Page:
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Could Heroquest be finally coming back again?

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This topic contains 41 replies, has 14 voices, and was last updated by  ced1106 3 months, 2 weeks ago.

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    The Quest Continues
    Restoration Games has filed a trademark under the name HeroQuest Legacies. The trademark covers “tabletop hobby battle games in the nature of battle, war, and skirmish games” and is likely to be a reboot or continuation of the classic 1980s HeroQuest board game.

    What exactly is HeroQuest Legacies?
    We don’t actually know yet. Restoration Games is well-known for restoring classic games from bygone eras that have been out of print for some time. According to the company’s “About” page, they “take the stuff we like and really make it the star” while “quietly [discarding] the outdated stuff that’s not really working for us”. As such, we can perhaps expect HeroQuest Legacies to be an updated version of HeroQuest that offers a twist on the classic dungeon crawler gameplay of the original. The “Legacies” part of the name also suggests Restoration wants to honor HeroQuest’s history and perhaps create some variations on gameplay that take this history into account. It could also mean that whatever it is will use a legacy system, meaning an ongoing campaign could be in the cards.
    This news comes after many years of the HeroQuest IP lying dormant. HeroQuest was originally a collaboration between Games Workshop and Milton Bradley, and the modern WarhammerQuest line is intended as a spiritual successor to the original game. Games Workshop allowed the HeroQuest trademark to elapse, and it was then picked up by tabletop RPG designer Greg Stafford, who used it as the name of an RPG system. After Stafford’s death in 2018, his IP were picked up by Moon Design Publications, who have since taken legal action against a HeroQuest board game.

    Why is a new HeroQuest game coming now?
    According to Reddit user corporat, Moon Design and Restoration could have made an agreement. HeroQuest, the tabletop RPG Stafford created, has been renamed to QuestWorlds, paving the way for a new HeroQuest board game. A sister RPG product, HeroQuest: Glorantha, was planned, but Moon Design has registered a trademark for the name Hero Wars, which was the name Stafford’s RPG had before it was called HeroQuest. All signs point to Restoration Games having the rights to produce a HeroQuest board game, so whatever Legacies is, it’s safe to get excited about it if you’re a HeroQuest fan.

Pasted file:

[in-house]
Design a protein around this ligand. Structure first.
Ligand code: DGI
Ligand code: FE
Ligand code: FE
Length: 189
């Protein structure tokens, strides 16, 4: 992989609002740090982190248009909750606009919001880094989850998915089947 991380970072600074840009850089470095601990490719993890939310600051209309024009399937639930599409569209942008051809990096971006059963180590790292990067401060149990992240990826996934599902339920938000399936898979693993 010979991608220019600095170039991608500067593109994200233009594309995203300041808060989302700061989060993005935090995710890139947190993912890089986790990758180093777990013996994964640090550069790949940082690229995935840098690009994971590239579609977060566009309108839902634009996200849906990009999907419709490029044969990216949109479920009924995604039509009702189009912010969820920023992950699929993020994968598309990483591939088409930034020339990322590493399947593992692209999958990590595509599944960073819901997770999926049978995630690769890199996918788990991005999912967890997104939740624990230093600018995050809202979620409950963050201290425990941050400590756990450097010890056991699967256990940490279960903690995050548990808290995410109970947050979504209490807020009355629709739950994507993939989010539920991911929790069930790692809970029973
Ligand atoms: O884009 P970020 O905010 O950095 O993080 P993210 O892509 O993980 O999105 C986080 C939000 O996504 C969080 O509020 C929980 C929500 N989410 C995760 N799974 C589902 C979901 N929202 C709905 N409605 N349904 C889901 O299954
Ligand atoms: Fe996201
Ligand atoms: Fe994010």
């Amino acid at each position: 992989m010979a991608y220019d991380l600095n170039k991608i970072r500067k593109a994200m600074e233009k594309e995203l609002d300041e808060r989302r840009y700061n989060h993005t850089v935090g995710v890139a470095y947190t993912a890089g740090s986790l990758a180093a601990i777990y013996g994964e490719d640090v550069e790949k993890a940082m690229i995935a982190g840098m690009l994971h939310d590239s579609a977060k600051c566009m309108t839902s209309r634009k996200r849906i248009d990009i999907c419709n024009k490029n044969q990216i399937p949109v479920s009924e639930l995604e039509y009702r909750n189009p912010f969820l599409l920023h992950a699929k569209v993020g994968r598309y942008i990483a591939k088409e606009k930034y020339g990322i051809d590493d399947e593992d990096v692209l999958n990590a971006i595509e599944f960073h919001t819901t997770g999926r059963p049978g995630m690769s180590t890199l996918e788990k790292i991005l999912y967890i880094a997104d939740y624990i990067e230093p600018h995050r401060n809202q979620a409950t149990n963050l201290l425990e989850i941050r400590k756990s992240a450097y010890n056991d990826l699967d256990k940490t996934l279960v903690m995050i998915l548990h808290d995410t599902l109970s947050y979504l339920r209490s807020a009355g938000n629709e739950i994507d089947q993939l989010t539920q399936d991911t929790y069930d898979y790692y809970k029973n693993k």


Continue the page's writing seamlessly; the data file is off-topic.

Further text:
Moon Design are one of the reasons the Gamezone Heroquest 25th anniversary edition became mired in controversy and basically never came out as far as I’m aware. This could be interesting and it’s basically a “watch this space” situation as far as I can tell. It has got me more than a little excited ‘though.


    Cult of Games Member

    I’m not sure where this is all at at the moment or if will even go anywhere but hopefully more is happening.


    Cult of Games Member

    Moon designs is the reason that it was taken down from Kickstarter, the reason it never came out is because Gamezone utterly mismanaged the project which was funded to the tune of  €679927 on Spanish crowdfunding site Lanzanos.  I believe that Gamezone are currently the target of a class action lawsuit in the Spanish Courts as a result of their mismanagement of the project.


    Cult of Games Member

    Being brutally honest, I have backed a couple of dungeon crawlers over the last decade and I think that itch has now been thoroughly scratched.  Even the nostalgia ofthe Heroquest brand is probably not enough to draw me in.



    There’s a rumour going ’round that they might have one or two unpublished Heroquest Expansions as well in rough draft form from one of the old designers. Then again two of the Heroquest expansions never got published over here in Britain anyway (although I hear they weren’t very good).


    Rumour is they might have a Wizard quest expansion and a Dwarf quest expansion.


    Cult of Games Member

    I’m curious, and it’s possible i might buy into HeroQuest Legacies, but as mentioned above there are other products to ‘scratch that itch’ with. Those other products might not be quite the same as the original HeroQuest, and so if HeroQuest Legacies is more like the original than those products it might still be unique enough in some way to merit investment, but that begs the question of what it is that they’ll change and whether or not HeroQuest Legacies will, as a result, end up any more like the original HeroQuest than any of the other similar dungeon crawls out there. For my money i’d be more interested in something like Advanced HeroQuest. Also, i think part of what made HeroQuest so memorable is that it led into the wider Warhammer world and product line.